I can understand very well why this colleague decided not to submit the paper to ICALP. Shrinking a 70+-page paper to 12 pages is a major effort, and one has to wonder whether a conference is the right outlet for such a lengthy piece of work. Indeed, one may argue that our conference publication structure does not lend itself to the publication of (very) long papers. However, I know of at least three exceptions (listed here in chronological order).
- The ICALP 1990 paper in which Daniel Krob presented his equational axiomatizations of equality of regular expressions was 14 pages long, but the journal paper Complete Systems of B-Rational Identities (solving two problems posed by John Horton Conway in his monograph Regular Algebra and Finite Machines) that appeared in TCS in 1991 was 137 pages long.
- The ICALP paper in which Sénizergues introduced the decidability of DPDA equivalence is only 10 pages long, but the journal paper is 166 pages long.
- The short paper by Martin Grohe at http://www2.informatik.hu-
berlin.de/~grohe/pub/gro10.pdf was published in LICS 2010, but the full work takes a book that is still under development. See http://www2.informatik.hu- berlin.de/~grohe/pub/cap/ index.html.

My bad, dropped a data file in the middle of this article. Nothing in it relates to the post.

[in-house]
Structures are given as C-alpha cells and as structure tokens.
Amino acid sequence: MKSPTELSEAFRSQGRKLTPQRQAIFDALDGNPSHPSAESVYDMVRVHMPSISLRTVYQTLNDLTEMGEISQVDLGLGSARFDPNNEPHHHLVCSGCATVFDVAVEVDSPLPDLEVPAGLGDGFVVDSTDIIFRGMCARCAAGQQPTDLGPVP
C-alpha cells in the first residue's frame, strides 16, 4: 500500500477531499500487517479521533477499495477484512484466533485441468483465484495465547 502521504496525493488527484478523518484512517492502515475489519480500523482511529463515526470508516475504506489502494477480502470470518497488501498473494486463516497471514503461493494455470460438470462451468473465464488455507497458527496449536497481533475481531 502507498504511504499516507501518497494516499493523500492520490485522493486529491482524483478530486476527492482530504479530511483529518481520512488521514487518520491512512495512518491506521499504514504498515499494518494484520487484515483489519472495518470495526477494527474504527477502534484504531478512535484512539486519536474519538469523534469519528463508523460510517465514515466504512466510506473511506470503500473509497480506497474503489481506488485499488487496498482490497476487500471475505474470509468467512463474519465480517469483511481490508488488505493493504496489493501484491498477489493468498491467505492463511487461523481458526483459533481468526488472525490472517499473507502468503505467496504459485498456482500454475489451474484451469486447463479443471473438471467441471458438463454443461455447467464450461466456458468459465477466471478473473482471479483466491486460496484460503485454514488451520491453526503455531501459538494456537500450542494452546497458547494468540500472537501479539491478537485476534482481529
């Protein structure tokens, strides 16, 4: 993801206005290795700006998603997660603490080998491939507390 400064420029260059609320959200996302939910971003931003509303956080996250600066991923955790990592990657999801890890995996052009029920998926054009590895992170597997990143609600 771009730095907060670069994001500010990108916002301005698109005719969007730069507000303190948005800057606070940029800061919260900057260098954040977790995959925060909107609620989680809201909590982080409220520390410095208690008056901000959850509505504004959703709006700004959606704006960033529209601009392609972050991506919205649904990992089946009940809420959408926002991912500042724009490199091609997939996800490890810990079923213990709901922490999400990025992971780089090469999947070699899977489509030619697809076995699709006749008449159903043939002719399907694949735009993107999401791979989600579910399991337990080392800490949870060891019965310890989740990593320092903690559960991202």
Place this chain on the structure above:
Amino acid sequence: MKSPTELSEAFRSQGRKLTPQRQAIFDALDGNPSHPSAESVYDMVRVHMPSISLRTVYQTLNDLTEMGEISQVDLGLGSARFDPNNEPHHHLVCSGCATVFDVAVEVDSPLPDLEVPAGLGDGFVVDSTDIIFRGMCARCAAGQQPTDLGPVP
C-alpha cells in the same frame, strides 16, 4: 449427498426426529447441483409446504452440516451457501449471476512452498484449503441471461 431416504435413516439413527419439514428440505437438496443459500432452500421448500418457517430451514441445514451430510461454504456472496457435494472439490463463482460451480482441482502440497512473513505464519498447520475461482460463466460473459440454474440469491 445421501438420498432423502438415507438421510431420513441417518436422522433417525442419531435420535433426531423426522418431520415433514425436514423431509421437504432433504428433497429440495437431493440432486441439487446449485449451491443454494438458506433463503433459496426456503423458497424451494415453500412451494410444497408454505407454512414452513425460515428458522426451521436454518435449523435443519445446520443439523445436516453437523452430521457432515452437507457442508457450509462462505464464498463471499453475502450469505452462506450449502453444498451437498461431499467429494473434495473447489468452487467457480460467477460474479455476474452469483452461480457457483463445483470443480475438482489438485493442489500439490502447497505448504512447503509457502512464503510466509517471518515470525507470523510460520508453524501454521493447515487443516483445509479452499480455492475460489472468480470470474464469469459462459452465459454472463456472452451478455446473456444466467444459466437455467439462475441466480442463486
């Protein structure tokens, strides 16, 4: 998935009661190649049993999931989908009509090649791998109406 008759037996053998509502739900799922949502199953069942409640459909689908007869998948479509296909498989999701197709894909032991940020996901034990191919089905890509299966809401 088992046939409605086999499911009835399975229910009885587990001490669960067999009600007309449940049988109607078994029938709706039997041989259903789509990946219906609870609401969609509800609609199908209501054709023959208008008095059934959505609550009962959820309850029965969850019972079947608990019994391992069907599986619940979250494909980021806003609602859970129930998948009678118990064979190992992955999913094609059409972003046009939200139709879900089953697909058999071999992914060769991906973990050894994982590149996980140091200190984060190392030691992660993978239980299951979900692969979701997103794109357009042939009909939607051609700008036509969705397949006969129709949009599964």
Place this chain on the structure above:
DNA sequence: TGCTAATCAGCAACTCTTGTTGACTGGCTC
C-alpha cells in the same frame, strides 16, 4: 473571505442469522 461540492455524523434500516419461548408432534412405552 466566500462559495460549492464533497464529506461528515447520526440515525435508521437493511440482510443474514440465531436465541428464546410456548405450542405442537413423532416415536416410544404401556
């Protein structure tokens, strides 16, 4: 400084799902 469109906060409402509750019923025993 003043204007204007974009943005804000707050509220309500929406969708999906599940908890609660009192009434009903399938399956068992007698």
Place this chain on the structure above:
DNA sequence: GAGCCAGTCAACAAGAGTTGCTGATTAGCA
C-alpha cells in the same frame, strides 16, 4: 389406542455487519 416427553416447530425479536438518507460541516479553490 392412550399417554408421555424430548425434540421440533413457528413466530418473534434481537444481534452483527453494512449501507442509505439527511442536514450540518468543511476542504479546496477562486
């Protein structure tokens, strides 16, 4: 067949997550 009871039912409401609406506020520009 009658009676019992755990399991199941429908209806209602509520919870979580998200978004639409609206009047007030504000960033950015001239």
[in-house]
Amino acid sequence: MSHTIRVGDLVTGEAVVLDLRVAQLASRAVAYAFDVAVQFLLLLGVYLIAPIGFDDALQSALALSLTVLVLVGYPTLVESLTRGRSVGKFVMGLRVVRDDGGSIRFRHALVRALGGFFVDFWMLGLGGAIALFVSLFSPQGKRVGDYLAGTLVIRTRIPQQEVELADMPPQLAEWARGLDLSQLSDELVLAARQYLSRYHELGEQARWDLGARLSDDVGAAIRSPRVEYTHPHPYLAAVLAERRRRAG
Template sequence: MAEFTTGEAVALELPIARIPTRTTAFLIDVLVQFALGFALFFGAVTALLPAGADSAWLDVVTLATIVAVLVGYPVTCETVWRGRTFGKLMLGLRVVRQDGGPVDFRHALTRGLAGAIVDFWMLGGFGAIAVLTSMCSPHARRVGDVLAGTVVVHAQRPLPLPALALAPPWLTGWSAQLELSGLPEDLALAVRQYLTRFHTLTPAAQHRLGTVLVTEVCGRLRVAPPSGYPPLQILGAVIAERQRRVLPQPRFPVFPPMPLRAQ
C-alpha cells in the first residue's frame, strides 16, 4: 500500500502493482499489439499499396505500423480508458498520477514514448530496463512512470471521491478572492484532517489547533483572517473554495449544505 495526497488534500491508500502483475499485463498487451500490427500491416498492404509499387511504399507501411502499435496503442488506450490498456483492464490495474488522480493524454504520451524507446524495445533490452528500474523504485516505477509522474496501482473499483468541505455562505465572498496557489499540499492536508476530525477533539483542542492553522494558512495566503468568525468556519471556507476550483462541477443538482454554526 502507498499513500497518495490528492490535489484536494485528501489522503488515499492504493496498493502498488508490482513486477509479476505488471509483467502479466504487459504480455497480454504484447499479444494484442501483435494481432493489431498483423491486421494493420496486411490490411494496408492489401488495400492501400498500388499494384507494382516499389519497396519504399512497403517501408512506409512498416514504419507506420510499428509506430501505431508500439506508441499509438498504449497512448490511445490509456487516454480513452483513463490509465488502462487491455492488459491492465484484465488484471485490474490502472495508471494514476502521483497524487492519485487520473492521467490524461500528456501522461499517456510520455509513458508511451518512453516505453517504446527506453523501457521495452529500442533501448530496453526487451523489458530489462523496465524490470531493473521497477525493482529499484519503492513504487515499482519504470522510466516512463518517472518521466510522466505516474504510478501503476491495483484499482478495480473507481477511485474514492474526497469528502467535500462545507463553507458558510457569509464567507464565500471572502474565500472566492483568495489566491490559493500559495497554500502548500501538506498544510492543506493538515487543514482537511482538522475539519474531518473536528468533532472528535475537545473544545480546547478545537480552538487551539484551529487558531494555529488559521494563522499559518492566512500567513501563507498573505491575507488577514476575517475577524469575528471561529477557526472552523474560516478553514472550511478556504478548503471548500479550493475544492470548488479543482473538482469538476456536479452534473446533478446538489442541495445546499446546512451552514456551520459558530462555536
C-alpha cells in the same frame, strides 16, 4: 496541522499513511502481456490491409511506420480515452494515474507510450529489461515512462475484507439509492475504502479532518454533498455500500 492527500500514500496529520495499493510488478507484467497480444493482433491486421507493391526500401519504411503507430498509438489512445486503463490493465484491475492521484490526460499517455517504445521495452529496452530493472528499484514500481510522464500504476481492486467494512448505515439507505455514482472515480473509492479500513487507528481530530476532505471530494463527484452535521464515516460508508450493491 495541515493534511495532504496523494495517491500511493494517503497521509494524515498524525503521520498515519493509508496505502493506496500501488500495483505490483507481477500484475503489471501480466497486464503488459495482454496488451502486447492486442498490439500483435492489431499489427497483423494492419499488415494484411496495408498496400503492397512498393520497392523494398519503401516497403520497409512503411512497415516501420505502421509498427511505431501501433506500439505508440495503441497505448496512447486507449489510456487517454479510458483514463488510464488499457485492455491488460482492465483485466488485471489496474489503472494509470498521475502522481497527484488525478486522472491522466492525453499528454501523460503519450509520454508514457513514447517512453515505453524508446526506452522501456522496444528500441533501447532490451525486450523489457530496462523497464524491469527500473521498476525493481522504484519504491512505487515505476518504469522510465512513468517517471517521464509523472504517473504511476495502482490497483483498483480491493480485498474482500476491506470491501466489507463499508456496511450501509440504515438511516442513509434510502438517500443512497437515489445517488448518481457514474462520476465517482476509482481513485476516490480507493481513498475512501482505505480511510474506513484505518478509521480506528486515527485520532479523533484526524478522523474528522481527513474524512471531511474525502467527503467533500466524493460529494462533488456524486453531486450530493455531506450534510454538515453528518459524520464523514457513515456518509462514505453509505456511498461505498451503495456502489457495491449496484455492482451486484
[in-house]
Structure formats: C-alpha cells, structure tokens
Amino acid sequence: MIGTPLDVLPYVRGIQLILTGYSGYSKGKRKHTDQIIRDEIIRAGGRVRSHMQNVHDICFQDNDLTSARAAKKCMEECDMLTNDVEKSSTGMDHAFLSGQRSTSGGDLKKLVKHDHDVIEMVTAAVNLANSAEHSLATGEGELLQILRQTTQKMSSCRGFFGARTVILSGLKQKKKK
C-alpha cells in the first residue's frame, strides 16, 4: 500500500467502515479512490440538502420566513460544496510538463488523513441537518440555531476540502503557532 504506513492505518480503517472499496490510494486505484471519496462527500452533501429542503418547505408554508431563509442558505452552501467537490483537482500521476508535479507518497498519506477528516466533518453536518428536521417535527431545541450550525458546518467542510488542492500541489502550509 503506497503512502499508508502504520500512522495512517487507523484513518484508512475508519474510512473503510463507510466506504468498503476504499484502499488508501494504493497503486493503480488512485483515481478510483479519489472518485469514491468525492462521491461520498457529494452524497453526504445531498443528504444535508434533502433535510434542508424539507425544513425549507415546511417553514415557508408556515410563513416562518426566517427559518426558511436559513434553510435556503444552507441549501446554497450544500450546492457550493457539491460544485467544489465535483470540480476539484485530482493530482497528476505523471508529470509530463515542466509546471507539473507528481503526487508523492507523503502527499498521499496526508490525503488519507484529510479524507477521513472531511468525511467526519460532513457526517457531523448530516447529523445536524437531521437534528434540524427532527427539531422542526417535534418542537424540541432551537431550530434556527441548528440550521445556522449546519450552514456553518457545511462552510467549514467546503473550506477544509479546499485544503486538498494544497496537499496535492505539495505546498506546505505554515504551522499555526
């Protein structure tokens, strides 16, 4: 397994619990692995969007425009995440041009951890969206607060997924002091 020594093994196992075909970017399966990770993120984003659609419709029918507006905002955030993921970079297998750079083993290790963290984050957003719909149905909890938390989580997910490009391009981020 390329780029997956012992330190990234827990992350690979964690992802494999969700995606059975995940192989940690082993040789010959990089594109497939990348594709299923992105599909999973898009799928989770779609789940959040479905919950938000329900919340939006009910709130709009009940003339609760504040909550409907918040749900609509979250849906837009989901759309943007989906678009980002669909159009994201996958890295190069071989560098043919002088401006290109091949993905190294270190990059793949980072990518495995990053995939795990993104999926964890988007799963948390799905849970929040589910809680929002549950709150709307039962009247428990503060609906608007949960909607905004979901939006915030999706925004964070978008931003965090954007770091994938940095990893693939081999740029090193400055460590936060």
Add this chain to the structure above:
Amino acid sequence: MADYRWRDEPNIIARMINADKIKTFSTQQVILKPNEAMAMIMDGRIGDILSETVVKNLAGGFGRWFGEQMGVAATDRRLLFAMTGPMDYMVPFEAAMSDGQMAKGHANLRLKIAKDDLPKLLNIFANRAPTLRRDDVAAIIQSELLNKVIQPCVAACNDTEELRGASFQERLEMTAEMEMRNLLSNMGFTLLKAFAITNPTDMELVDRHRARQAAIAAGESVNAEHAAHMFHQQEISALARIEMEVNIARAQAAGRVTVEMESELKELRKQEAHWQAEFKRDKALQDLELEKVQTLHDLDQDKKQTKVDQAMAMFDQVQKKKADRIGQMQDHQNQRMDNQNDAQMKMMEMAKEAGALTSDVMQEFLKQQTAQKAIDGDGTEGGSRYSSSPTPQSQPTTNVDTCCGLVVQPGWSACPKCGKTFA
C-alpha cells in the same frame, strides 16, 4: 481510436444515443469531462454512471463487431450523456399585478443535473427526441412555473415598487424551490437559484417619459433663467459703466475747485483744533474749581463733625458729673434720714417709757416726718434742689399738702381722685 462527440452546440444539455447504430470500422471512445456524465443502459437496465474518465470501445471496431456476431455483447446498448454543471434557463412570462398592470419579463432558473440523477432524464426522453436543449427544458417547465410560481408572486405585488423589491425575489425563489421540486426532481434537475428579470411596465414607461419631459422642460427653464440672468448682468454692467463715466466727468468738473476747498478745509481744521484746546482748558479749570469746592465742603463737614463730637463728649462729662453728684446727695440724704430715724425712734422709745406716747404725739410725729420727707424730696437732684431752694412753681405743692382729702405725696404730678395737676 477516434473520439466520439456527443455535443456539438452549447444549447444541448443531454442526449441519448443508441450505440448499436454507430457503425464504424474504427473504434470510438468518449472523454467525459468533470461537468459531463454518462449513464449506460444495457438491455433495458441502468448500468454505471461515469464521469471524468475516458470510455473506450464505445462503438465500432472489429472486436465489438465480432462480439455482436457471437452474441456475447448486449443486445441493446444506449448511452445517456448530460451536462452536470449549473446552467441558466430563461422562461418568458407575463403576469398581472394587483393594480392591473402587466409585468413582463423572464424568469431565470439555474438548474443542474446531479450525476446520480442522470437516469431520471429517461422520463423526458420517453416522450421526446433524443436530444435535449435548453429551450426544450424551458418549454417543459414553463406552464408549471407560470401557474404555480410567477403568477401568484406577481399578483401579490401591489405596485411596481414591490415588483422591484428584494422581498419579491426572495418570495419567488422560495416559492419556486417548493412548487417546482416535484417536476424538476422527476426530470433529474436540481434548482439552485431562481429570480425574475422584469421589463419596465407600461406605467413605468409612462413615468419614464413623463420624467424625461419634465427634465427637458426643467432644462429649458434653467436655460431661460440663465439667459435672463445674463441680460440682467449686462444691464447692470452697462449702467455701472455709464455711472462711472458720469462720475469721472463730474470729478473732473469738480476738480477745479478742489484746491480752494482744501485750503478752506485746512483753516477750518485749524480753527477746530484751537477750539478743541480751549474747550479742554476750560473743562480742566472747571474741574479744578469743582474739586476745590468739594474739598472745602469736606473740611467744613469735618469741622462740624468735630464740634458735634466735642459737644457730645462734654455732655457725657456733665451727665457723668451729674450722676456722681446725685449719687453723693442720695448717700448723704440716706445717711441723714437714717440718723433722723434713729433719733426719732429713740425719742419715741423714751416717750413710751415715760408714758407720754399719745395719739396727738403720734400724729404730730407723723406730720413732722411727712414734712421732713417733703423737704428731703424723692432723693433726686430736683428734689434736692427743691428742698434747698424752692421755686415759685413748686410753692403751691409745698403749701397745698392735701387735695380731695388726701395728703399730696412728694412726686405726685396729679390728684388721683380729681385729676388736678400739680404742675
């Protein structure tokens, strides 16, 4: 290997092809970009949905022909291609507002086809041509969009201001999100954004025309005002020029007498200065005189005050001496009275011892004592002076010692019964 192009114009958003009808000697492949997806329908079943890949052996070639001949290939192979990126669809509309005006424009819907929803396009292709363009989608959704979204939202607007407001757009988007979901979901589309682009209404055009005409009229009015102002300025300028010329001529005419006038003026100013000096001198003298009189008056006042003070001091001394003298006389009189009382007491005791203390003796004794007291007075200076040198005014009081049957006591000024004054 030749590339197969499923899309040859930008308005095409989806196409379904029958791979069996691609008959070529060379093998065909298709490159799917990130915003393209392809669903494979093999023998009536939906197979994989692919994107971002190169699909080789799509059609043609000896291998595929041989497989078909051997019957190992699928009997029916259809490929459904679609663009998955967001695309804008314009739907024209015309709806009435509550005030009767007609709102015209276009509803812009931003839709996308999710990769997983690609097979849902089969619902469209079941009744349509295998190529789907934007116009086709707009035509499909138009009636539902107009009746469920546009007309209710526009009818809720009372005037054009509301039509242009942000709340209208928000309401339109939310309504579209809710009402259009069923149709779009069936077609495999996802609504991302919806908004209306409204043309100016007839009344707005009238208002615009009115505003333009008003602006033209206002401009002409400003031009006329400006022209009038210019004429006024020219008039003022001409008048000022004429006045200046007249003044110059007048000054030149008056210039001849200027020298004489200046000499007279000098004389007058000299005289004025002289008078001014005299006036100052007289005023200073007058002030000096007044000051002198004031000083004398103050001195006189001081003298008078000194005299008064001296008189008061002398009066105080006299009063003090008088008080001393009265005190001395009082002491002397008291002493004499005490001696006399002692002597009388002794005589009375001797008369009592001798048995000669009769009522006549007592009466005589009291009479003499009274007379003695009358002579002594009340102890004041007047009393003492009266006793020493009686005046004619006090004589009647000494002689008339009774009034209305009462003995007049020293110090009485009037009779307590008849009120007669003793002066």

I guess that the answer is simply that the conference versions announce the results and "mark the territory" by saying "I did it". However, IMHO, the results only stand after the interested community has not found any serious errors in the full versions of the papers for a long time.
A separate issue is that of writing a conference paper based on a long full paper, which does justice to the main results and techniques presented by the authors in the full version in all the gory details. IMHO, conference papers reporting on very long and technical developments are "trailers" for the full version of the story, which is told elsewhere in all its glory. As a movie trailer, the conference paper serves the purpose of enticing potential readers to check out the full version by motivating the work, putting it in context, stating the achieved results, discussing their importance and giving a high-level sketch of the techniques and of the tools involved in the proof. (I am thinking here, for example, of the above-mentioned paper Grohe published at last year´s LICS, where he did precisely what I wrote above and, to my mind, did it well.) Of course, this is easier said than done..